Pack me in an apple and smoke me when I die. We’ve got the environment to think about

willie

There are timesβ€”like every day ending in ‘y’ and if they invented a new day that somehow didn’t end in y, probably that one tooβ€”when I need to chill out. Relative to the stability I see in others, I’m wired just a bit too tightly, the kind of person who has day-nightmares about burglars and apartment fires, and spends her evenings compiling color-coordinated To Do lists. It was only in the last few yearsβ€”despite a lifelong affinity for Fern Gullyβ€”that I stopped rewriting notes every time I had to cross a word out. I mean, even my Post-its have Post-its.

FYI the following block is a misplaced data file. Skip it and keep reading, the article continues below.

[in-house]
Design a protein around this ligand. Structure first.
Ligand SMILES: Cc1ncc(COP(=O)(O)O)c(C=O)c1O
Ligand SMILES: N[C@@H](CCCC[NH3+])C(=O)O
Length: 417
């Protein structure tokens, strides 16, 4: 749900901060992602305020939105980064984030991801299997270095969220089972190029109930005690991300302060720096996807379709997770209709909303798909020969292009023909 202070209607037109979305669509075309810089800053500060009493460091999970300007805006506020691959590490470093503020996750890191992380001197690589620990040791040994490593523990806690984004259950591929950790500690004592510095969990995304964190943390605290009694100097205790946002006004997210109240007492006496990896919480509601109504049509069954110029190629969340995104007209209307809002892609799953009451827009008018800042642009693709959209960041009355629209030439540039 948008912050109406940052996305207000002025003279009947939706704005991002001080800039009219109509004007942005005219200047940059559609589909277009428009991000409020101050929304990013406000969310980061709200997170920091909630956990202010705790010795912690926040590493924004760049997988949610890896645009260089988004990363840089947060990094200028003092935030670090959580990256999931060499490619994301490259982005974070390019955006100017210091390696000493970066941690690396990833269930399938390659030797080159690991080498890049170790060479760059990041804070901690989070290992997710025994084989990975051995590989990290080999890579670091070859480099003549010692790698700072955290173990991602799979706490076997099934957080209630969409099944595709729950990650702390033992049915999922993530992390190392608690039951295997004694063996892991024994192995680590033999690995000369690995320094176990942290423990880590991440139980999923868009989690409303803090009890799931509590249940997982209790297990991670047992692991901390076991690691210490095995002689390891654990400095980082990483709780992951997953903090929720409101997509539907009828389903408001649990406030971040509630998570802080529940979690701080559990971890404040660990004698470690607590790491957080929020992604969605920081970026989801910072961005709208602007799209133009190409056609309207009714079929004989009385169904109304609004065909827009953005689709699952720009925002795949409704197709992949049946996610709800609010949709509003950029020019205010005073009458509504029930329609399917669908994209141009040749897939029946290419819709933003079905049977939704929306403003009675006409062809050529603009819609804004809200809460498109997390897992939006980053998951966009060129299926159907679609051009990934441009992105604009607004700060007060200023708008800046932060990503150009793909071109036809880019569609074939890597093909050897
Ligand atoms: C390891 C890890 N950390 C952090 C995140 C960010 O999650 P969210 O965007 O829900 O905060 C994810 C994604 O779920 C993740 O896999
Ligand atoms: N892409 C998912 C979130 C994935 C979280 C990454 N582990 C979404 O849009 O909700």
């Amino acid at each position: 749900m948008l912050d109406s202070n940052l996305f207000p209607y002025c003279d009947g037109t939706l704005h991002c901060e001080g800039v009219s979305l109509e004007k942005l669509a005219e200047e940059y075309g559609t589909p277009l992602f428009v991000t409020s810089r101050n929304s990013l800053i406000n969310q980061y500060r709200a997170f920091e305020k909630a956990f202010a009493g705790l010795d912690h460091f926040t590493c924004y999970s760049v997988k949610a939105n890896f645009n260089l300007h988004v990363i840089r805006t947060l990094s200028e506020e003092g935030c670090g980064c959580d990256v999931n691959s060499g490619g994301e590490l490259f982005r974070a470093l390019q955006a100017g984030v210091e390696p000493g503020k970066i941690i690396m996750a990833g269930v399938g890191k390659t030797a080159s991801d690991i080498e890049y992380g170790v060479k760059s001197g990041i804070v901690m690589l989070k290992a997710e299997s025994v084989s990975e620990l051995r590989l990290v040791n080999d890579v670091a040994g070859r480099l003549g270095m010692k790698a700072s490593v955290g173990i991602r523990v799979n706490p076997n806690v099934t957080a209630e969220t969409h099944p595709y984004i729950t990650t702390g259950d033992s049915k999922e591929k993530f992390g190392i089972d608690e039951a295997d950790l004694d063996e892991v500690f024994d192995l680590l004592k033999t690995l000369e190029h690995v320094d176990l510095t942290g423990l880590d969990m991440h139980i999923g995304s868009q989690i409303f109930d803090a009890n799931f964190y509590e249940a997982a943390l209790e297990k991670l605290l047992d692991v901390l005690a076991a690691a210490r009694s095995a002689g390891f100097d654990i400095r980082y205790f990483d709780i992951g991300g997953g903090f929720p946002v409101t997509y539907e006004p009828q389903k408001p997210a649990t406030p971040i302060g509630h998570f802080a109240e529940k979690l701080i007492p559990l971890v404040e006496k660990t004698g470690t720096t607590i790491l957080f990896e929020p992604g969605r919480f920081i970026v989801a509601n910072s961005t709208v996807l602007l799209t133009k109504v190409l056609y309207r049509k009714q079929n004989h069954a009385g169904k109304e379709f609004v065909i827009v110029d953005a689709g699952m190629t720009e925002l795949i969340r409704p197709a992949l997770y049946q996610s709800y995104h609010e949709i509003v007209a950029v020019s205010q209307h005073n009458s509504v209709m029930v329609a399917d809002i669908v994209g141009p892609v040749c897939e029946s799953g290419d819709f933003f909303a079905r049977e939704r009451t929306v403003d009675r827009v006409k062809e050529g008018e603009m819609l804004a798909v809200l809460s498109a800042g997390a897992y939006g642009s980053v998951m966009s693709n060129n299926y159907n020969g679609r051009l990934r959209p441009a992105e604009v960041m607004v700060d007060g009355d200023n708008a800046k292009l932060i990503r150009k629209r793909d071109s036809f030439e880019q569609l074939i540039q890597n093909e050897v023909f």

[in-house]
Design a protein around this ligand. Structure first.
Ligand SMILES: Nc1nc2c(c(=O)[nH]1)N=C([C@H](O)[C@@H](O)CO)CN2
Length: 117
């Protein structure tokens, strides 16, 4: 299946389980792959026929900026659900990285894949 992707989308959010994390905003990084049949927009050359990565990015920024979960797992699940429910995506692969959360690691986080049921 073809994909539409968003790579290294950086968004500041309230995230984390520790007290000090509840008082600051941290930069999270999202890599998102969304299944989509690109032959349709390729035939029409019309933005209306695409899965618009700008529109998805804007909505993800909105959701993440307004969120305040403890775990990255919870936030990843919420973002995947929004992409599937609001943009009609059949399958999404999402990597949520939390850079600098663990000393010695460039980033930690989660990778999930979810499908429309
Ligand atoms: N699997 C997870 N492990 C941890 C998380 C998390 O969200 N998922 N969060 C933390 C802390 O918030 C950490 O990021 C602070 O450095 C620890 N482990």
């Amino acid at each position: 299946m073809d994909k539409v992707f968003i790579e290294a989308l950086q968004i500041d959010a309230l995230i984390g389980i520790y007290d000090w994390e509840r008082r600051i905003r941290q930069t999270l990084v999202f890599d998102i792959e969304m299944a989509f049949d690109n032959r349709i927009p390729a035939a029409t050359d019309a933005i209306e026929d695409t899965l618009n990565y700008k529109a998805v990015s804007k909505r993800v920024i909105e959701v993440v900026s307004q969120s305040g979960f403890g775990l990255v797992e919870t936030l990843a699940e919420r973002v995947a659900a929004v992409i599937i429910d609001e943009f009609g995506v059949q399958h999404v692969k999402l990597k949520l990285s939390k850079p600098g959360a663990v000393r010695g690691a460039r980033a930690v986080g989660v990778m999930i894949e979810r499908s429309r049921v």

Given my propensity for worry, I have always seen Willie Nelson as something of an ideal, a man so simultaneously successful and laid back that one finds it hard to believe he’s aware of his own fame. Indeed, the music legend’s latest book, a short compendium of lyrics, essays and random thought bubbles called Roll Me Up and Smoke Me When I Die, cedes both space and heart to many members of Nelson’s large family, and those who have been with him throughout his career. Roll Me Up is as much a massive Acknowledgments section as it is a standalone title, and the correlation between Nelson’s placid exterior and the size of his support network is hard to ignore. 

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